IV.&III. Learn two suitable passages of 20 verses each from chapters in Bible Lessons. Two hymns by Keble, Psalm 25. Two poems by Shelley or Keats, or, a scene from Hamlet or The Tempest.
Reading (including holiday and
IV.&III. Books set under Literature, History, Geography, Recitations, should afford exercise in careful reading and in composition. Poetry should be read daily. Bulfinch's Age of Fable* (Dent, 2/6), pp. 155-186.
IV. Ruskin's Sesame and Lilies.
III. Longfellow's Golden Legend.
See Programme of Music (Mozart), Parents' Review, April, 1921: Our Work.
Three French songs, La Lyre des Ecoles (reprinting) Three German songs, Deutscher Liedergarten (both Curwen & Son, 2/6, or without accompaniments, 6d.). Three English songs, from The National Song Book, edited by C.V. Stanford (Boosey & co., words and voice parts 1/9 each,* complete with music 6/-). Christmas carols. Ten Minutes' Lessons in Sight-Singing (Curwen, 2/6). Fifty Steps in Sight-Singing, by Arthur Somervell; steps 47-50 (Curwen & Son, 2/6).
Drill, etc. (choose new work.)
Ball Games and Breathing Exercises, by Alice R. James (Longmans, 1/9). For Drill Music, Music for use in Mrs. Wordsworth's Classes (P.N.E.U. Office, 8/6), may be used. Peasant Dances and Songs of Many Lands (Evans 7/6). The Board of Education's Syllabus of Physical Exercises (Eyre & Spottiswoode 1/.), tables 35-58. Ex-students, House of Education Drills. How to Teach Dances (Evans, 4/6). Net ball cricket.
Do some definite house or garden work. Simple Garments for Children, by Synge (Longans, 6/.), or, Needlecraft in the School, by M. Swanson (Longmans, 6/6); design and make a garment. Darn and mend garments from the wash each week: First Lessons in Darning and Mending (P.N.E.U. Office, 2d.), may be used. Claymodelling (Routledge, 9d.). Teacher will find useful What shall we make? by M. La Trobe Foster (C.M.S., 1/.). See also tests under Scouting (Parents' Review, May, 1920): all girls should take the First Aid (No. 18) and Housecraft (No. 7) Tests. Make a garment for the "Save the Children Fund"; for particulars apply to 20 Golden Square, Regent Street, W.1.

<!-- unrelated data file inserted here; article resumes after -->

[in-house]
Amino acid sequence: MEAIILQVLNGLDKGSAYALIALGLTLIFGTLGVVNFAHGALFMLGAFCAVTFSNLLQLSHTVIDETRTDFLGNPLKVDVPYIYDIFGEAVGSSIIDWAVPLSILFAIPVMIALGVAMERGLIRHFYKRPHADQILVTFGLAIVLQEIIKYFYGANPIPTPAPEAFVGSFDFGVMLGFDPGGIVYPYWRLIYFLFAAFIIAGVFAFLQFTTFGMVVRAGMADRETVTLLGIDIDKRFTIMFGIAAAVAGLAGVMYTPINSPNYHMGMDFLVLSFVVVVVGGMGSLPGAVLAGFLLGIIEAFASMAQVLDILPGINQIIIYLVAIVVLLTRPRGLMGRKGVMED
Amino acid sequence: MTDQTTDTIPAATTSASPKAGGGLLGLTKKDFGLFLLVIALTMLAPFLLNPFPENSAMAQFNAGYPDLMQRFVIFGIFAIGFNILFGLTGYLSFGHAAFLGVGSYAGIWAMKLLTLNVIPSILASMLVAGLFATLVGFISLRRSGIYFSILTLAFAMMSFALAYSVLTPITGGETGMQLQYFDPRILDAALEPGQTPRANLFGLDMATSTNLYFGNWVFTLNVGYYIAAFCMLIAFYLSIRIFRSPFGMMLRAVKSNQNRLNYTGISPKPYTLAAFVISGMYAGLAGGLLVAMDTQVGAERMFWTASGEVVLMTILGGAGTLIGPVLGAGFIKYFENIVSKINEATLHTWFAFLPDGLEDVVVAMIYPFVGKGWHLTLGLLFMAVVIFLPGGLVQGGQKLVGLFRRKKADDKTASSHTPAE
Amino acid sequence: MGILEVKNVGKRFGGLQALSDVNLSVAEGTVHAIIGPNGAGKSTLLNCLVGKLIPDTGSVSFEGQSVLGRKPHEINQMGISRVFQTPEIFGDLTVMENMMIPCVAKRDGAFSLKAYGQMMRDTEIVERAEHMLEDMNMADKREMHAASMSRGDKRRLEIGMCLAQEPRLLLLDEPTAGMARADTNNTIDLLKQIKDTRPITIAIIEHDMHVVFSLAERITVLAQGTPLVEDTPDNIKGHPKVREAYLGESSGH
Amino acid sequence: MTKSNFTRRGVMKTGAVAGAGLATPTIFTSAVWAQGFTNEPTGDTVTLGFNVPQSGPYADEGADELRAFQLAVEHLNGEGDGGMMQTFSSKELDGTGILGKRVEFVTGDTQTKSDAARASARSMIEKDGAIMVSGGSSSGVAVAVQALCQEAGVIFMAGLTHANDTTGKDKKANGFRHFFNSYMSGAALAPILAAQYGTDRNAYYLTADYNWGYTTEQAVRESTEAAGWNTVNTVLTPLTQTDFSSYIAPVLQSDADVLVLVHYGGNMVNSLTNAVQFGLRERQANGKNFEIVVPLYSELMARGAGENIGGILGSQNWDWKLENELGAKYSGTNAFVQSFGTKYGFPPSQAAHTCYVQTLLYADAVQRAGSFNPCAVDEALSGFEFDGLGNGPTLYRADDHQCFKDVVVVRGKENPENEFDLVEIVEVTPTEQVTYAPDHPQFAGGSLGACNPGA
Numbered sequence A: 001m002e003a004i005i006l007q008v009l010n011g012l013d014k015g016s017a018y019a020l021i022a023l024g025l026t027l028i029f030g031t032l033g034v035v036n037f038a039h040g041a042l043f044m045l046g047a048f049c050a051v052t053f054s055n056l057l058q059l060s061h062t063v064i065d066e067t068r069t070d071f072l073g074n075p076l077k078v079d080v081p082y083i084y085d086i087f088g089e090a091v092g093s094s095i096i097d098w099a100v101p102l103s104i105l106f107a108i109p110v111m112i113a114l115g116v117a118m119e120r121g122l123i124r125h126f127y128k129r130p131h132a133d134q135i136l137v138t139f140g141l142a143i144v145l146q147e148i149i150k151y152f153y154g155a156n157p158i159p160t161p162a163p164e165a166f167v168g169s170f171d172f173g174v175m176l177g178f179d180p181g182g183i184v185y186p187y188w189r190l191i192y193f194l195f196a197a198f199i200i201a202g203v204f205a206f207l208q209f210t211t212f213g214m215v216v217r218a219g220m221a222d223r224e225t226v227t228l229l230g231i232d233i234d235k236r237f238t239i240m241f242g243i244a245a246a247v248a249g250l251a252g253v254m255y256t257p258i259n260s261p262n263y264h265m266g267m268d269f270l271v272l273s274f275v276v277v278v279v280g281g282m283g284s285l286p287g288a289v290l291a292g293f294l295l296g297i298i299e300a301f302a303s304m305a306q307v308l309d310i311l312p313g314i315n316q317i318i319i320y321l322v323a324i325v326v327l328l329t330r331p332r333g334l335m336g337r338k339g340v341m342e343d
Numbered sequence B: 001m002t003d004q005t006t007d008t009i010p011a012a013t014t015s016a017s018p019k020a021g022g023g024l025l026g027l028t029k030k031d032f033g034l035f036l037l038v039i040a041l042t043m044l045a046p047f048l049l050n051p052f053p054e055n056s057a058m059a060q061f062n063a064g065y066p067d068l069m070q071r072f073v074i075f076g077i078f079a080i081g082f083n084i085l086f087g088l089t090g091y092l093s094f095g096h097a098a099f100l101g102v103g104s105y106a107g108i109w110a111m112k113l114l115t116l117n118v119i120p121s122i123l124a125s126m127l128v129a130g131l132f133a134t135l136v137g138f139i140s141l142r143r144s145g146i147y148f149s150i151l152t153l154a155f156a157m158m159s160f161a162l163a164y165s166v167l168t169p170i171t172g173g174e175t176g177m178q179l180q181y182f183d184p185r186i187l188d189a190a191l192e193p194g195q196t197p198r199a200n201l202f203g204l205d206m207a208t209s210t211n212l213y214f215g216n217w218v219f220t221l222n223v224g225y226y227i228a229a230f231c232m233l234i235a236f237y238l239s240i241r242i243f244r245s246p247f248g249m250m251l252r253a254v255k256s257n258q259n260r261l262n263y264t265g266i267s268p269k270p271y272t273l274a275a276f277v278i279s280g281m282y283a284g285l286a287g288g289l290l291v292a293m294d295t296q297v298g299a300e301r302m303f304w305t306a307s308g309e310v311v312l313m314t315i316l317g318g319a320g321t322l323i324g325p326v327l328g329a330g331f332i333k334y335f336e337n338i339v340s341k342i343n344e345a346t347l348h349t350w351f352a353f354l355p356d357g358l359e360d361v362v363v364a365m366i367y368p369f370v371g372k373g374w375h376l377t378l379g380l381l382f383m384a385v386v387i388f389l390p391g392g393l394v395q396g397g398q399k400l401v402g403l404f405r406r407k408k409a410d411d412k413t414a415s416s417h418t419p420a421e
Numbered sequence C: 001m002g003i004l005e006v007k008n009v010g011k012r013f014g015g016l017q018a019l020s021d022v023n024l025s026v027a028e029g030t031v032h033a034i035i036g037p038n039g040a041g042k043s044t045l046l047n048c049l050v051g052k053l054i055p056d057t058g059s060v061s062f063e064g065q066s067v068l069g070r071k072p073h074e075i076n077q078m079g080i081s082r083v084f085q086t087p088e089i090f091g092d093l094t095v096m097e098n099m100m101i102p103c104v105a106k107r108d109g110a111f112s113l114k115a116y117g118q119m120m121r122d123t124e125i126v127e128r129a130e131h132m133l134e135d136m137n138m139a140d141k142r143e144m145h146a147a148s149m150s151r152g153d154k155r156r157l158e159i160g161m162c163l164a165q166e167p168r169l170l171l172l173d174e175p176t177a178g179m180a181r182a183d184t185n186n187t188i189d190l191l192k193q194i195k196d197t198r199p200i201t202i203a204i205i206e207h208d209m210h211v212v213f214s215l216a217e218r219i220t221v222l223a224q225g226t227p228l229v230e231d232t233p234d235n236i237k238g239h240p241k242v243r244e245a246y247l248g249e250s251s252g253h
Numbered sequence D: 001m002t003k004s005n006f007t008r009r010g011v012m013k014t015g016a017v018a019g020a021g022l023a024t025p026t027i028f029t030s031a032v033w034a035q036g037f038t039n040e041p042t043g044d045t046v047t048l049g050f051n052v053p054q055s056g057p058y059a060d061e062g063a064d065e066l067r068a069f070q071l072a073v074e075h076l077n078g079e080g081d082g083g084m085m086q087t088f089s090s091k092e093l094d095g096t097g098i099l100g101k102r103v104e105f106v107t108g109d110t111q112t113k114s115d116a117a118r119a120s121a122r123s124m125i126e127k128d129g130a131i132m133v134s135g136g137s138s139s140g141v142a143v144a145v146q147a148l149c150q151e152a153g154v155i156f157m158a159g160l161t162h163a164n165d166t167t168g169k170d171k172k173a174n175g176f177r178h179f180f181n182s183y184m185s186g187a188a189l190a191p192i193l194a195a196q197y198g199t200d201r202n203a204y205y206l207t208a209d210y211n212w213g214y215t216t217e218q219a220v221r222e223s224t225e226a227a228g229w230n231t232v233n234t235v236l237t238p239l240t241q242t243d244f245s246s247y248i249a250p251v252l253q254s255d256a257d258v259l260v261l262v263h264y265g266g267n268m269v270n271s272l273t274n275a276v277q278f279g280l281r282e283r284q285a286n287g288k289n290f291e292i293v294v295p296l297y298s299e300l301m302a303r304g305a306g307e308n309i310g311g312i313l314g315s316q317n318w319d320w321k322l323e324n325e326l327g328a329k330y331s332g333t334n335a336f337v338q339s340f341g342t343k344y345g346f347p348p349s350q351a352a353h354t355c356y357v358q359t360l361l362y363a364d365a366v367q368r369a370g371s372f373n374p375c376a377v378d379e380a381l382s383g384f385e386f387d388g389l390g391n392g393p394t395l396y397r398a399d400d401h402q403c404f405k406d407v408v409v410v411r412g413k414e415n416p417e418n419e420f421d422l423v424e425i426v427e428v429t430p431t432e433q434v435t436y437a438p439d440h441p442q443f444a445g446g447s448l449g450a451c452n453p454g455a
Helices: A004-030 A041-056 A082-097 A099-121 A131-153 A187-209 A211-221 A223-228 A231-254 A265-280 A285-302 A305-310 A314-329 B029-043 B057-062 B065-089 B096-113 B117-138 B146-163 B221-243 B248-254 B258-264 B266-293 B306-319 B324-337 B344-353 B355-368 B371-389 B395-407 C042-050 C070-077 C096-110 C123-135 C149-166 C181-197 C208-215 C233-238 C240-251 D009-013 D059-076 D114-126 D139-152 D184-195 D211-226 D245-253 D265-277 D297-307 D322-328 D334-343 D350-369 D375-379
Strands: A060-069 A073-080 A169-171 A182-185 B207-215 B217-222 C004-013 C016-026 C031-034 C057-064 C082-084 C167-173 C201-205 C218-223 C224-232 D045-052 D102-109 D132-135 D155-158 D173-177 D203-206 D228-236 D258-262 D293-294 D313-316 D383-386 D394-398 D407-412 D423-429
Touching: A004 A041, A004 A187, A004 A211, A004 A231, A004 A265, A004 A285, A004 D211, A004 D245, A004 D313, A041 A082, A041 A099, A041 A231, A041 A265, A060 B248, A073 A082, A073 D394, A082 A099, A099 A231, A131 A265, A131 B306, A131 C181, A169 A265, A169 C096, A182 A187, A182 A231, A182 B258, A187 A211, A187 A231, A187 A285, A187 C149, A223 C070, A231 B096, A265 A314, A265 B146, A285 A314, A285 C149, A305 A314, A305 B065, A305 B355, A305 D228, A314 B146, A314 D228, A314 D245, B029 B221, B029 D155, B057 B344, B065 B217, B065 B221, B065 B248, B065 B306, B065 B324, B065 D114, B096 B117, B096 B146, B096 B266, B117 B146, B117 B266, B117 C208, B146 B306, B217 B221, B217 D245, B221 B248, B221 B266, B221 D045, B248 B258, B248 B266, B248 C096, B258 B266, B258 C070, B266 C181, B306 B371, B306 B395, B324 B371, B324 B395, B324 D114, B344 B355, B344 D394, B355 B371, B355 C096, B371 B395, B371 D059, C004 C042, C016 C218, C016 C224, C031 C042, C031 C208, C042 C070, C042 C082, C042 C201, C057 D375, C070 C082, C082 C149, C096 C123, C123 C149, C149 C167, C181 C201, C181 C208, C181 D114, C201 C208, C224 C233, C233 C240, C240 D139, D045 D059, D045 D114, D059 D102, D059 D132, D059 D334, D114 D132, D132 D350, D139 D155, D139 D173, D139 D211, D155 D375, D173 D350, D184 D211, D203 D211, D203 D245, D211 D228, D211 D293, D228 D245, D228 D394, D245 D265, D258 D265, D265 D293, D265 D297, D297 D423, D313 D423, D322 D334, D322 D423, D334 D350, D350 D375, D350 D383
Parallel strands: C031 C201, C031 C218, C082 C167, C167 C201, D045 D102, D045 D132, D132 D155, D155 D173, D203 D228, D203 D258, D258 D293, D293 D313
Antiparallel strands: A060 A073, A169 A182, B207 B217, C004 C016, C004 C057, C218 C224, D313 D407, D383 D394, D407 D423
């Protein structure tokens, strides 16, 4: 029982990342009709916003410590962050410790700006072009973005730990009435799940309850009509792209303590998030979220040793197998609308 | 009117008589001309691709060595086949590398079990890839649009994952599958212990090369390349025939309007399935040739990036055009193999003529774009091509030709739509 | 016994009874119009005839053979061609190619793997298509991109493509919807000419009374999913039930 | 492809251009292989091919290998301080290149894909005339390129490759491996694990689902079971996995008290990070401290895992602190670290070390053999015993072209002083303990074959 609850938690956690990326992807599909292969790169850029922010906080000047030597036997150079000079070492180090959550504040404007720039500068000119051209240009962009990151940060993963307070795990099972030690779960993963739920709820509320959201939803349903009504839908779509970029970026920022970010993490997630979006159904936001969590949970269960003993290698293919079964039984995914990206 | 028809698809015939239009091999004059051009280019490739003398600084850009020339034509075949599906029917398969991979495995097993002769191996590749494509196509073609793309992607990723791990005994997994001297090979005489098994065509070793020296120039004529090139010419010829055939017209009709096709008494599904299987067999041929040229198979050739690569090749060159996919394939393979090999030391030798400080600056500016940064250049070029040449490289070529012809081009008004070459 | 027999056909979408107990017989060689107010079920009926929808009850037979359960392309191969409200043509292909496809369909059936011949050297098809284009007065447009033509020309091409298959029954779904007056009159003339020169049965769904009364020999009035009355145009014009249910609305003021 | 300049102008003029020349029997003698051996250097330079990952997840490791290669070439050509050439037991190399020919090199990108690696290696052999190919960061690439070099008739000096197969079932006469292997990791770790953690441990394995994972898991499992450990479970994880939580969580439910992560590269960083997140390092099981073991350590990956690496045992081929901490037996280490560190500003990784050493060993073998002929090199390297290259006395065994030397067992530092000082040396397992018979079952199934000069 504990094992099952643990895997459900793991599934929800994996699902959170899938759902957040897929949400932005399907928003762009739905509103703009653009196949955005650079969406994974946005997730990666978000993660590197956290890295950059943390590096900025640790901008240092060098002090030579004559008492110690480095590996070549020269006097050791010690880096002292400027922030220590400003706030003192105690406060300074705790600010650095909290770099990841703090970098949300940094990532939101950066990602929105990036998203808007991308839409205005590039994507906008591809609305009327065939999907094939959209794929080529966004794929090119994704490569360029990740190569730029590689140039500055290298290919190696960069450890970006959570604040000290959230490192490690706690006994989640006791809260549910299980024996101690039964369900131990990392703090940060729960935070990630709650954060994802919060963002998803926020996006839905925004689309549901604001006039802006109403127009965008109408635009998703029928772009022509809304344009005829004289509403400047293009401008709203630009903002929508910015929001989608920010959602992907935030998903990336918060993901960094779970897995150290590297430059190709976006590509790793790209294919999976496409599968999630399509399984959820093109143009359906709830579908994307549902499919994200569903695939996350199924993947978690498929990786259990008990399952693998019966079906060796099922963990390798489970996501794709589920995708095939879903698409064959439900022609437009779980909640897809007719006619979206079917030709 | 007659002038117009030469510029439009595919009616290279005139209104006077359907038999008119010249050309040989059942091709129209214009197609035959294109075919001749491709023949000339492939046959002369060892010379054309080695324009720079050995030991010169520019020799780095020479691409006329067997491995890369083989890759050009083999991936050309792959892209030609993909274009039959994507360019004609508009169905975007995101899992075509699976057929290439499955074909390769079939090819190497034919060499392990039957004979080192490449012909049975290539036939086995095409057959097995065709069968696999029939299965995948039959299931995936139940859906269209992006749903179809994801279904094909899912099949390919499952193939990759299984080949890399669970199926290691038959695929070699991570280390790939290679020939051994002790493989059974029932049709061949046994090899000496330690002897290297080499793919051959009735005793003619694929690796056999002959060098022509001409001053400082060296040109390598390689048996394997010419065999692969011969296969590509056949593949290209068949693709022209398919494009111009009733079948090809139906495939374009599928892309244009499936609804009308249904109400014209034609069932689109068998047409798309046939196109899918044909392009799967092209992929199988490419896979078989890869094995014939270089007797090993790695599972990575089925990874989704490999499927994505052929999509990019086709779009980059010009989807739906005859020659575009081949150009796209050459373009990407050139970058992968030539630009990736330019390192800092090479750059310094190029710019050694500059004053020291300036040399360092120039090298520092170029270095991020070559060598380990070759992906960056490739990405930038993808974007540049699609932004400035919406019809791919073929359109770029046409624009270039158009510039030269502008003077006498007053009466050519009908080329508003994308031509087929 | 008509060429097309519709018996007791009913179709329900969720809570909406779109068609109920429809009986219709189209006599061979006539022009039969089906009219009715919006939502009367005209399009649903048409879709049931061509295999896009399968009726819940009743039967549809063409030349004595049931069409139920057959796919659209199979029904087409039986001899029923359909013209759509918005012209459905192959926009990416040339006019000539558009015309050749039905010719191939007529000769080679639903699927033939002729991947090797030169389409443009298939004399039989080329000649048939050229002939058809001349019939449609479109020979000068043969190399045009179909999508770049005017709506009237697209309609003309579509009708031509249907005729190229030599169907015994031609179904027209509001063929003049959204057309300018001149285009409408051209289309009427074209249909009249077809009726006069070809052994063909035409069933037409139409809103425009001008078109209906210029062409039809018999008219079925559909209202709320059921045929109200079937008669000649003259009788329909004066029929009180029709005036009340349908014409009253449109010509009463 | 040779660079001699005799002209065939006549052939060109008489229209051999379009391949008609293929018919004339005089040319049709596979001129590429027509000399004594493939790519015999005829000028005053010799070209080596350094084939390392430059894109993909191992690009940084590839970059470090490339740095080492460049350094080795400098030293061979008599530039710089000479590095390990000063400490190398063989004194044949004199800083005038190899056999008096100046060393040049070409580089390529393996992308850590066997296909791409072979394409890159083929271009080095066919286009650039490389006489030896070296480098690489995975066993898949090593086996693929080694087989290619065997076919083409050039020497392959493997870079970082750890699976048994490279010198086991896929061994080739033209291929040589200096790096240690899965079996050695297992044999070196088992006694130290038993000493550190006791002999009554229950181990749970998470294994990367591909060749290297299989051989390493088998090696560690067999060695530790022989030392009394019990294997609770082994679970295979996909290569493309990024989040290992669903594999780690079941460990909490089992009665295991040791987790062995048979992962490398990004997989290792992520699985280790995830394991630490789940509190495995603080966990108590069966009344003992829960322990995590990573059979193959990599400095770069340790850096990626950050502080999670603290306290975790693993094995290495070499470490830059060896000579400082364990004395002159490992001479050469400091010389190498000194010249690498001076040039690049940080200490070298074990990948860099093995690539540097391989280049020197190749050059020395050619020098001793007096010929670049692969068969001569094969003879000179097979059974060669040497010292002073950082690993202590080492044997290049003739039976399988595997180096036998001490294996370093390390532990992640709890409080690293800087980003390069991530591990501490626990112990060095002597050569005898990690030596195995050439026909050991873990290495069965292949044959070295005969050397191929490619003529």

N.B.--The prices of books are constantly rising; those given are the latest before going to press.
N. B. 1.--Each pupil should have a copy of all books, etc., marked * and a set of the Pictures and materials. One copy of the other books is sufficient. The books after "Reading" are optional but desirable.
N.B. 2.--For methods of teaching the various subjects see Home Education, 5/6, School Education, 5/. (P.N.E.U. Office). In home schoolrooms, Forms III. and IV. may work together in all history subjects (including Scripture).
N.B. 3.--All books, etc., may be obtained from the Secretary of the P.N.E.U., 26, Victoria Street, London, S.W.1, as well as exercise books bearing the school motto, (ruled single, double lines and squares), 8 1/2d. each, and Cambridge paper for the Examination 2/6 for 4 quires (not less); envelopes to match 2/6 a packet. Also the School Badge (6/-), School Hat Band (4/6), and Ribbon 8/6 a yard. Badges stencilled in washing colours on pale blue linen may also be obtained, 4 ½ d. unmounted, 6d. mounted.
N.B. 4.--Members are particularly asked to follow the notes under Our Work in the Parents' Review.
N.B. 5.--This Programme is for Members of the School only and must not be lent. Specimen copies of old Programmes can be obtained by members from the Secretary, House of Education, Ambleside.
N.B. 6.--All letters re School and Programmes, except book orders, should be sent to Ambleside. The enclosed Order Form for books should be used. Members are asked to send the School Fee direct to Ambleside. P.N.E.U. subscription, money for books, etc., should be sent to the London Office.
N.B. 7--There is an Association of Old Pupils of the P.U.S. For particulars apply to Miss P. N. Bowser, c/o P.N.E.U. Office.